Some articles on fermentation:
... beer brewed using grain sorghum undergoes lactic acid fermentation, as well as alcoholic fermentation ... The steps in brewing African sorghum beer are malting, mashing, souring and alcoholic fermentation ... The souring of African sorghum beer by lactic acid fermentation is responsible for the distinct sour taste ...
... If both alcoholic and malolactic fermentation have run to completion, and neither excessive oxygen nor Brettanomyces yeast are present, this ought to cause no ... If there is residual sugar, however, it may undergo secondary fermentation, creating dissolved carbon dioxide as a by-product ... a wine that has not been put through complete malolactic fermentation may undergo it in bottle, reducing its acidity, generating carbon dioxide, and adding a diacetyl butterscotch aroma ...
... carbohydrates, photochemistry, as well as investigating and classifying different types of fermentation ... acid), he developed a theory of the alcoholic fermentation of glucose ... in World War I, manufacturing glycerol—for the production of explosives—by the fermentation of sugar ...
... chemistry Arthur Harden (awarded Nobel prize in 1929), for investigations on the fermentation of sugar and fermentative enzymes ... Chaim Weizmann, discovered how to use bacterial fermentation to produce large quantities of desired substances and is considered to be the father of ...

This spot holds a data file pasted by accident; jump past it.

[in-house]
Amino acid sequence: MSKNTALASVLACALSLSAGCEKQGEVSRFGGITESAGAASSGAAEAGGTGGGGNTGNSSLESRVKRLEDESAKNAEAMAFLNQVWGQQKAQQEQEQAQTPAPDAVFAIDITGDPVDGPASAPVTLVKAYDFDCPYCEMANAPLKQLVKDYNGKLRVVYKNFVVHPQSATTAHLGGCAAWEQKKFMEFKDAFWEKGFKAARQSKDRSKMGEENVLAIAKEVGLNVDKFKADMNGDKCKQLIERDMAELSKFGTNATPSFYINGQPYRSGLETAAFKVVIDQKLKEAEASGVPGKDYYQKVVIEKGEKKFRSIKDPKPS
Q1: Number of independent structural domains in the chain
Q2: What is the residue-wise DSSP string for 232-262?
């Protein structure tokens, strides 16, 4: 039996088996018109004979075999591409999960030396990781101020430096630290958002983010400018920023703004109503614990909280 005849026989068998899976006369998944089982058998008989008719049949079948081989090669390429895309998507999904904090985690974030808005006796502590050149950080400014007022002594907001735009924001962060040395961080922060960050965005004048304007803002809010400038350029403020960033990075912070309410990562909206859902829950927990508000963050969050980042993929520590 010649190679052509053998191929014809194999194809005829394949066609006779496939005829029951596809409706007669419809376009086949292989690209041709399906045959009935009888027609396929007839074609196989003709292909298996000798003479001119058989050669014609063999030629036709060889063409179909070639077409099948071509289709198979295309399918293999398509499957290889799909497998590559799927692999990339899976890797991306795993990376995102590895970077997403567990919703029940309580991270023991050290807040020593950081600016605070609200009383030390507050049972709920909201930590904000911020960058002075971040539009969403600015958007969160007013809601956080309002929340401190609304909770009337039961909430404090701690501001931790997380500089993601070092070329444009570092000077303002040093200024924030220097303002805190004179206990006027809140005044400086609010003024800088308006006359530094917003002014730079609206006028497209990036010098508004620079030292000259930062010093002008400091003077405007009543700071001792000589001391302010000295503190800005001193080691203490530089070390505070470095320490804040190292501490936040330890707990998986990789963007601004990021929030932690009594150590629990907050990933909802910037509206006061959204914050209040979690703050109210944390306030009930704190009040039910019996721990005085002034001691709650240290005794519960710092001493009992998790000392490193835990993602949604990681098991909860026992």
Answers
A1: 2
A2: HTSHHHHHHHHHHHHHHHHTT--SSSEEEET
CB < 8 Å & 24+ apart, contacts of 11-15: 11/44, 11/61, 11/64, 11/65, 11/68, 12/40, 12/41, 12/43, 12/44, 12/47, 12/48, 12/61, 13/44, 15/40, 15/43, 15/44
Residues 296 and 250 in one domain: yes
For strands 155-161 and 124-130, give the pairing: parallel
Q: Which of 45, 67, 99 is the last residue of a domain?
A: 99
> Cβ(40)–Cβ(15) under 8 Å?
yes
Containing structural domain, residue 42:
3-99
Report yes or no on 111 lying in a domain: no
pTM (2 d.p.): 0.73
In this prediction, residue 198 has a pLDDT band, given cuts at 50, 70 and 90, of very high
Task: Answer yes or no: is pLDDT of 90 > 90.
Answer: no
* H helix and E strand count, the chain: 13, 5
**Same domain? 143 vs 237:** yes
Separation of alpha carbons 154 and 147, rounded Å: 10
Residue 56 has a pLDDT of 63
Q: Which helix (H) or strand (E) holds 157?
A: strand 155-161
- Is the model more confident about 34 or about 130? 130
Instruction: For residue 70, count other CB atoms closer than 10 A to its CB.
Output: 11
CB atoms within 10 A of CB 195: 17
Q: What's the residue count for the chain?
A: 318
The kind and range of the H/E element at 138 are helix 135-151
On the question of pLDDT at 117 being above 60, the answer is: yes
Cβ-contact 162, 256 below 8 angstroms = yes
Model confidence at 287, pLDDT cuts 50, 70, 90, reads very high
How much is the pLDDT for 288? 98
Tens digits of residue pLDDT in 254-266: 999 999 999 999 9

... how hydrogen metabolism affects the efficiency of fermentation of dietary components ... in the gut reduces the efficiency of microbial fermentation as well as the yield of energy ... methanogenic and nonmethanogenic removal of diverse bacterial end products of fermentation ...
More definitions of "fermentation":
- (noun): A state of agitation or turbulent change or development.
Synonyms: agitation, ferment, unrest
- (noun): A chemical phenomenon in which an organic molecule splits into simpler substances.
Famous quotes containing the word fermentation:
“A tree is made to live in peace in the color of day and in friendship with the sun, the wind and the rain. Its roots plunge in the fat fermentation of the soil, sucking in its elemental humors, its fortifying juices. Trees always seem lost in a great tranquil dream. The dark rising sap makes them groan in the warm afternoons. A tree is a living being that knows the course of the clouds and presses the storms because it is full of birds nests.”
—Jacques Roumain (19071945)
MIn the dark fermentation of earth,
In the never idle workshop of nature,
In the eternal movement,
Ye shall find yourselves again.”
—Matthew Arnold (18221888)
“Two principles, according to the Settembrinian cosmogony, were in perpetual conflict for possession of the world: force and justice, tyranny and freedom, superstition and knowledge; the law of permanence and the law of change, of ceaseless fermentation issuing in progress. One might call the first the Asiatic, the second the European principle.”
—Thomas Mann (18751955)